No such doubt exists concerning the right of the State to prescribe, by constitutional or constitutionally permitted legislative enactment, standards of apportionment designed to prohibit such gerrymandering. See Reynolds v. Sims, supra, 377 US 533, 578. But the difficulty with petitioners' State law claim is threefold: (1) Some of us have found (376 Mich 410, 458, 470) that none of such standards contained in article 4 of the Constitution of 1963 was severable from the invalid house and senate *446 apportionment formulae and, hence, that they, likewise, were invalid. Absent valid State constitutional or legislative standards designed to preclude distortion of a rational apportionment scheme by partisan gerrymandering, as Justice SMITH wrote in November, it is not the province of this Court to write into article 4 such standards. (2) Whether or not required by valid constitutional provision, the Chief Justice and Justices BLACK, SMITH, and ADAMS held, a year ago last June (373 Mich 250, 251), and I agree now, that the alternate Austin-Kleiner plan, then ordered by the Court to be adopted by the commission, formed districts "as compact, contiguous, and regular in shape" and followed "county, city, and township boundaries as nearly as practicable." See 373 Mich 250, 254. Those are the very State standards[9] petitioners alleged in this proceeding were violated for partisan purposes by the alternate Austin-Kleiner plan. (3) Even if we assume that well pleaded allegations of partisan gerrymandering would raise a justiciable issue under our own State Constitution's equality clauses (article 1, § 1 and § 2), I do not regard petitioners' allegations legally sufficient to state a claim upon which judicial inquiry can be made. As I view the petitioners' complaint and their "offer of proof", they consist solely of conclusory allegations of suspicion and speculation supported only by reference to election results which, according to them, were achieved by the partisan gerrymandering by the alternate Austin-Kleiner plan. While petitioners assert they could support their claims if permitted *447 to engage in a process of discovery, they have failed to submit an offer of proof of facts within their power to establish as distinguished from facts which they hope to discover.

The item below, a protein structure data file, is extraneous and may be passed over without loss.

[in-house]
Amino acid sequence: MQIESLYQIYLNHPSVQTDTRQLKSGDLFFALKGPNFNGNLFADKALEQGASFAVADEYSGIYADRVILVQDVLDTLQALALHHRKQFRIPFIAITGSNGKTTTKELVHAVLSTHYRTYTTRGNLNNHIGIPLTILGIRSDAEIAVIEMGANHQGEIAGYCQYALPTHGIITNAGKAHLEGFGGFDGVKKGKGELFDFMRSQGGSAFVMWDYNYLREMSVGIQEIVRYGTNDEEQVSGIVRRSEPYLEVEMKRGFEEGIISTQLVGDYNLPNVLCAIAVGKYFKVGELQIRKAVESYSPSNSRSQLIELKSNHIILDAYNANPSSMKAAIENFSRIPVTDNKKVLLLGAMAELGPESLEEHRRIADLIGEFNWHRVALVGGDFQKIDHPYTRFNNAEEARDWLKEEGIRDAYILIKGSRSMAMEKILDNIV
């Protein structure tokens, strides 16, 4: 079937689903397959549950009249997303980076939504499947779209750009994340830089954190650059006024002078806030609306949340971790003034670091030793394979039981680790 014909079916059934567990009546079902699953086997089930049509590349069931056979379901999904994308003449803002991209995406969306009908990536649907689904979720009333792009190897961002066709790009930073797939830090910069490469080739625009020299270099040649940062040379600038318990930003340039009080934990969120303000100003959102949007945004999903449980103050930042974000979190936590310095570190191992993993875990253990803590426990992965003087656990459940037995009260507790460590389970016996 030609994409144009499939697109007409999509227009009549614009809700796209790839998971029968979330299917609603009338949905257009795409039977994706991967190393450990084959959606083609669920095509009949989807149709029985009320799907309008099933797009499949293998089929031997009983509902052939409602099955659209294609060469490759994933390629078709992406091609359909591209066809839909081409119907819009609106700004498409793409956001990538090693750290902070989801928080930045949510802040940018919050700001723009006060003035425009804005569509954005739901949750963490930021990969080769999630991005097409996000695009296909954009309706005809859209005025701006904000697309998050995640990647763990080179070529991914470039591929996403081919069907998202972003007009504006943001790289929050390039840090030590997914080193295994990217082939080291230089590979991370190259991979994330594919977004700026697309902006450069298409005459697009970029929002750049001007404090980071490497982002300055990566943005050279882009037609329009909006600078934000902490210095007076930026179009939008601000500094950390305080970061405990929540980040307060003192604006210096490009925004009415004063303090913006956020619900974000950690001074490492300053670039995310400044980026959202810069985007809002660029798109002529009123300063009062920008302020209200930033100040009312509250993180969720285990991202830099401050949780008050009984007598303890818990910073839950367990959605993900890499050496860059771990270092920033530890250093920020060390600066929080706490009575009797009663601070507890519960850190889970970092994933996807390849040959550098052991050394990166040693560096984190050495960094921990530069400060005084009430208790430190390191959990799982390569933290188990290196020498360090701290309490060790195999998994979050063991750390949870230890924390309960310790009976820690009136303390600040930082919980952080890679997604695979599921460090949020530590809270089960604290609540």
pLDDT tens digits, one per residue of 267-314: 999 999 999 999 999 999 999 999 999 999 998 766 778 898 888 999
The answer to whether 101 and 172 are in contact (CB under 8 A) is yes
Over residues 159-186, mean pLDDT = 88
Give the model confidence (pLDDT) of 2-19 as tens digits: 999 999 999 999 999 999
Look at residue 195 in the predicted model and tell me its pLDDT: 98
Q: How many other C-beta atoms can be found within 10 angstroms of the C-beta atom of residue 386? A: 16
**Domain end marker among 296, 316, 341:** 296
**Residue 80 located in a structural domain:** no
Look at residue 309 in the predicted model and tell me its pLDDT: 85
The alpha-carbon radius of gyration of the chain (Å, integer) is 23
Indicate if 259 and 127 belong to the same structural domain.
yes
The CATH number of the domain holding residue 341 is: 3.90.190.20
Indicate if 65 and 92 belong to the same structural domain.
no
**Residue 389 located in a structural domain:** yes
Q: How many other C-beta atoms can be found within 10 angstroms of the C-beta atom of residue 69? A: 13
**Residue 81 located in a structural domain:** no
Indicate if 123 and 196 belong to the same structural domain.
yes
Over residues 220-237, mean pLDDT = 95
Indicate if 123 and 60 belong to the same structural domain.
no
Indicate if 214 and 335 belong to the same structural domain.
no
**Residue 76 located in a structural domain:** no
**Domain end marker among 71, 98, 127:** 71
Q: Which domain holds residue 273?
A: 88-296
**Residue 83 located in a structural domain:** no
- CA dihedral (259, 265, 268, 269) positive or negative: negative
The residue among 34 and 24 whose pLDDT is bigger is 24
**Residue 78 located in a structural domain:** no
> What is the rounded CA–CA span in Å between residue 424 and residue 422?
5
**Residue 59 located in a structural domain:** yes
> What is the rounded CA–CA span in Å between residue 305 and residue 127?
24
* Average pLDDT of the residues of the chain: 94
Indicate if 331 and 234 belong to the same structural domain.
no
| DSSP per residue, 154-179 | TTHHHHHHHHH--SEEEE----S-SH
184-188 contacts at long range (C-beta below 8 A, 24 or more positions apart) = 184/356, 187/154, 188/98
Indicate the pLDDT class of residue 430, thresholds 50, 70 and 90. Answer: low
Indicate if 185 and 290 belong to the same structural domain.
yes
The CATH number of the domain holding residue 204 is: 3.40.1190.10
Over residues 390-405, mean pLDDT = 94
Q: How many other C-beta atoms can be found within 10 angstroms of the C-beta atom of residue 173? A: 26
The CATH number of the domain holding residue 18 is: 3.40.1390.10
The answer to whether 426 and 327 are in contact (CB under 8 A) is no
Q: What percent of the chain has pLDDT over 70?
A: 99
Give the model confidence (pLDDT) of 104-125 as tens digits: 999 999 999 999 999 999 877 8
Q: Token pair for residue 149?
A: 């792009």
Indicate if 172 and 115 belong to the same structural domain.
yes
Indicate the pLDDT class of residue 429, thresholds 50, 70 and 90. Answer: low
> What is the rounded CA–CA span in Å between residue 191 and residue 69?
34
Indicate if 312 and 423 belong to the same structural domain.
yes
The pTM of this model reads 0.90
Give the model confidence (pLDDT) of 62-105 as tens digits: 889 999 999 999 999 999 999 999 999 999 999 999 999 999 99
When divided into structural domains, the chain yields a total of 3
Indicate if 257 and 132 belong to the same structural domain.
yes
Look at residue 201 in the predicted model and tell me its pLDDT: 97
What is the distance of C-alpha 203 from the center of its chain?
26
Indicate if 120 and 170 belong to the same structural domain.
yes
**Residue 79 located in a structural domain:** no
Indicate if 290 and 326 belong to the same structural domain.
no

2. Our orders of June, 1964 (373 Mich 247, 248, 249), violated no concepts of due process. While the practical facts of the then existing election process timetable required prompt action by this Court and by the commission following the long awaited decisions of the United States Supreme Court in Reynolds v. Sims, and its accompanying cases, I agree with Justice SMITH that it is something less than candor to plant a due process argument on the assertion that only five days elapsed between Reynolds v. Sims and the decision by this Court ordering commission approval of the alternate Austin-Kleiner plan. Justice SMITH in November accurately stated the facts that the commission had before it for many months before Reynolds v. Sims reapportionment plans based upon districts of equal population, that extended hearings lasting two full days before this Court explored population criteria for reapportionment purposes, and that a representation was made to this Court that the commission could furnish other population based plans in 24 hours if desired. 376 Mich 410, 479, 480.